of three types, the bonded souls (baddha), the freed souls (mukta)
and forever free souls (nitya). The last category of souls are again
of two types: those who serve God and those who serve the devotees
- Maya or Prakriti. It is Mother Nature or primeval
substance. It is made up of three basic qualities, sattva, rajas and
tamas. It is constantly subject to modifications. At the end of
creation it becomes unmanifest (avyakta) and at the beginning
manifest (vyakta). In its manifest form it has 23 tattvas or
principles of which the first is mahat and the last earth (prithvi).
Swaminarayan emphasized the importance of cultivation of virtues,
pure devotion to God, practice of dharma, meditation upon the name and
forms of God, image worship, visits to temple, celibacy, control of the
mind and senses, service to people in the liberation of individual
souls. He had visions of several gods and deities and used to converse
with them in his dream state. He identified himself as a follower of
Vishnu without showing any disrespect to other gods.
After the passing away of Swaminarayan in 1830, the movement became
controversy on the question of his successor. This resulted in
a schism within the group and claims and counter claims about their
allegiance to the original founder. Three groups emerged each claiming
to represent his teachings in letter and spirit. One group opted for the
Acharya system which was said to have been proposed by Swaminarayan
himself when he was alive and suggested his own relations to act as the
Acharyas. This group established two gadis or vehicles one in Ahmadabad
and the other at Vadtal each headed by his blood relation. This group
which goes by the name Swaminarayan Sampraday presently owns most of the
temples and properties belonging to the original sect. The second group
believed that Swaminarayan himself nominated a close disciple of him in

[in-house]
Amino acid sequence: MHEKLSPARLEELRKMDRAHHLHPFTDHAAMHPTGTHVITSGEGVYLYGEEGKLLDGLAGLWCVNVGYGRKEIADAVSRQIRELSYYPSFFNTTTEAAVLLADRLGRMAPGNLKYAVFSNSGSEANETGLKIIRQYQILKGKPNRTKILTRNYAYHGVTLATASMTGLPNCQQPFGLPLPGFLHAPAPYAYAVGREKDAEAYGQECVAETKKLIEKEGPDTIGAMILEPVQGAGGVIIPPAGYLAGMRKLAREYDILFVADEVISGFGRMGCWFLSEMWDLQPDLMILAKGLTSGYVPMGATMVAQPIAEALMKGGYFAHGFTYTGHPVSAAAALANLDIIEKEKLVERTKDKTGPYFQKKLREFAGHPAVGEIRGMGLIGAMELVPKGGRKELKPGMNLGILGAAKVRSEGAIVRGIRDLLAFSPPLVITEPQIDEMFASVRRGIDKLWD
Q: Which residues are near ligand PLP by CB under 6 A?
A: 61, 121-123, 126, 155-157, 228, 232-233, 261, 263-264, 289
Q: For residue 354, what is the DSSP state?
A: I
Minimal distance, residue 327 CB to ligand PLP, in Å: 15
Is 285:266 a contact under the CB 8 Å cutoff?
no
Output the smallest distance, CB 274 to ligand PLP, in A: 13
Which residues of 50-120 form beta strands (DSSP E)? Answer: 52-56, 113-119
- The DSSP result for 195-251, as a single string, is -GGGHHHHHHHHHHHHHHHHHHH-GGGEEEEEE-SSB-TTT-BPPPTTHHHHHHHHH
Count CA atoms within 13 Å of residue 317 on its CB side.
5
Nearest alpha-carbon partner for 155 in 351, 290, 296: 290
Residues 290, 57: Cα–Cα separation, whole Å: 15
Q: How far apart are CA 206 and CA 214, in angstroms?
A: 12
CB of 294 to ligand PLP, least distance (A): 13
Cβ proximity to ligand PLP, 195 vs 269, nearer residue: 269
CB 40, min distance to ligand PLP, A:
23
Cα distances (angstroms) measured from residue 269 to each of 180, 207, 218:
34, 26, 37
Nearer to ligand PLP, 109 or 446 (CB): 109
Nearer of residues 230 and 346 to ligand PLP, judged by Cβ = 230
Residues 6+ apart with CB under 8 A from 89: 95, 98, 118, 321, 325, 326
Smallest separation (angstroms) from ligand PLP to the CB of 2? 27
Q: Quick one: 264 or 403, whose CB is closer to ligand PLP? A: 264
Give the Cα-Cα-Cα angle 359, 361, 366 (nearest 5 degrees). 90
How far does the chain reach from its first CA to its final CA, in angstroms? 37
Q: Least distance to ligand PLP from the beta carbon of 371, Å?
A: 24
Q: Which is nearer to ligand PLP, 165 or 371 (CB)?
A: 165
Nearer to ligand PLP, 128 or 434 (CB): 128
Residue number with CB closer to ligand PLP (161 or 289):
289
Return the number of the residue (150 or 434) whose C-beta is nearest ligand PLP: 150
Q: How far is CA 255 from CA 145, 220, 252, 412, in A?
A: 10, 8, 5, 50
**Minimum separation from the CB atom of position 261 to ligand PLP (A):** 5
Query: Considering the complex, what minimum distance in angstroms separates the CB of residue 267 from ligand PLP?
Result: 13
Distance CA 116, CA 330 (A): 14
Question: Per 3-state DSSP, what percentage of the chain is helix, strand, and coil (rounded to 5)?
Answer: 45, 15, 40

his life time as his spiritual successor and therefore the nomination of
hereditary acharyas from the family of Swaminarain unacceptable. They
consider Swami Gunatitananda as his true successor. A third group
claimed itself as as Swaminarayan gadi and declared Gopalananda
Swami as the spiritual successor to Swaminarayan. The Swaminarayan
Sampraday, that is the first group, promptly discredited and
excommunicated the followers of the other two sects which however
continue to exist and carry out their own agenda of social service and
propagation of the ideals expounded by Swaminarayan.
In 2004 the Vadtal Swaminarayana sect received nationwide attention
when four sadhus of the sect were sentenced to death by a court for
their involvement in the premeditated murder of Swami Gadadharanand. The
court was convinced that they plotted his murder because of his refusal
to side with them in a major power struggle between the Acharyas and the
sadhus to gain control over the temple administration and its funds. A
few months after this incident, in the same year, two priests of a
temple of the sect were caught in a video tape in compromising position
with a woman. When the tapes surfaced, the priests absconded. In
2006 three sadhus of the sect were involved in a case of sexual
harassment of a 14 year old boy and sentenced to 14 months'
imprisonment. It is perhaps unfair to judge the true nature of this movement
or its spiritual value by a few incidents such as these in its long history of nearly 200
years. The Swaminarayan movement continues to be a major driving force
in Gujarat and several other parts of the world where Gujarathi
community is found in sizeable numbers.
Suggested Further Reading